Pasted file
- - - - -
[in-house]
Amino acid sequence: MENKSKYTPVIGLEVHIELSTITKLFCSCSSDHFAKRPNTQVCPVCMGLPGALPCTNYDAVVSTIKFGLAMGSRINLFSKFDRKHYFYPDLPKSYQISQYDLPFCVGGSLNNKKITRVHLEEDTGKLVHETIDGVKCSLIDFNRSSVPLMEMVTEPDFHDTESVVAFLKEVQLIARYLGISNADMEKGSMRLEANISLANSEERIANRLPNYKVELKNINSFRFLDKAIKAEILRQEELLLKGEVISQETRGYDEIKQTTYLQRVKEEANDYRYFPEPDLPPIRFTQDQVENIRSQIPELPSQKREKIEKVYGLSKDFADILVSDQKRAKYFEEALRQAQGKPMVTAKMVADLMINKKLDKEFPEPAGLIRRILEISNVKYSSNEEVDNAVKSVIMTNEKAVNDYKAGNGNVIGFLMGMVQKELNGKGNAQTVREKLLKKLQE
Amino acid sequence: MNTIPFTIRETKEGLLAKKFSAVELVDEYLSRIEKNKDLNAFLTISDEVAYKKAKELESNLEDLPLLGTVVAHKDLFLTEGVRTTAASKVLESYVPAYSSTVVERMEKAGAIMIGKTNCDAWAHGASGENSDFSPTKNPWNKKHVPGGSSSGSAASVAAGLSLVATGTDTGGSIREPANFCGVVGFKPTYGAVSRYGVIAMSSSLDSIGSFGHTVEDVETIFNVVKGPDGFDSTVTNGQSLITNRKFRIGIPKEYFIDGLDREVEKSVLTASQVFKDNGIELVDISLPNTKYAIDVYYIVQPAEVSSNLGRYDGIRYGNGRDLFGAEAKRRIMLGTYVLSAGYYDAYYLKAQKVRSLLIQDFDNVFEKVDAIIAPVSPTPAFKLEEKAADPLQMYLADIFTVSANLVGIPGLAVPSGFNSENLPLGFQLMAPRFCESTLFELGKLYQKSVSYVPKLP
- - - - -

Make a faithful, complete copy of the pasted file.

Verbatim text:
[in-house]
Amino acid sequence: MENKSKYTPVIGLEVHIELSTITKLFCSCSSDHFAKRPNTQVCPVCMGLPGALPCTNYDAVVSTIKFGLAMGSRINLFSKFDRKHYFYPDLPKSYQISQYDLPFCVGGSLNNKKITRVHLEEDTGKLVHETIDGVKCSLIDFNRSSVPLMEMVTEPDFHDTESVVAFLKEVQLIARYLGISNADMEKGSMRLEANISLANSEERIANRLPNYKVELKNINSFRFLDKAIKAEILRQEELLLKGEVISQETRGYDEIKQTTYLQRVKEEANDYRYFPEPDLPPIRFTQDQVENIRSQIPELPSQKREKIEKVYGLSKDFADILVSDQKRAKYFEEALRQAQGKPMVTAKMVADLMINKKLDKEFPEPAGLIRRILEISNVKYSSNEEVDNAVKSVIMTNEKAVNDYKAGNGNVIGFLMGMVQKELNGKGNAQTVREKLLKKLQE
Amino acid sequence: MNTIPFTIRETKEGLLAKKFSAVELVDEYLSRIEKNKDLNAFLTISDEVAYKKAKELESNLEDLPLLGTVVAHKDLFLTEGVRTTAASKVLESYVPAYSSTVVERMEKAGAIMIGKTNCDAWAHGASGENSDFSPTKNPWNKKHVPGGSSSGSAASVAAGLSLVATGTDTGGSIREPANFCGVVGFKPTYGAVSRYGVIAMSSSLDSIGSFGHTVEDVETIFNVVKGPDGFDSTVTNGQSLITNRKFRIGIPKEYFIDGLDREVEKSVLTASQVFKDNGIELVDISLPNTKYAIDVYYIVQPAEVSSNLGRYDGIRYGNGRDLFGAEAKRRIMLGTYVLSAGYYDAYYLKAQKVRSLLIQDFDNVFEKVDAIIAPVSPTPAFKLEEKAADPLQMYLADIFTVSANLVGIPGLAVPSGFNSENLPLGFQLMAPRFCESTLFELGKLYQKSVSYVPKLP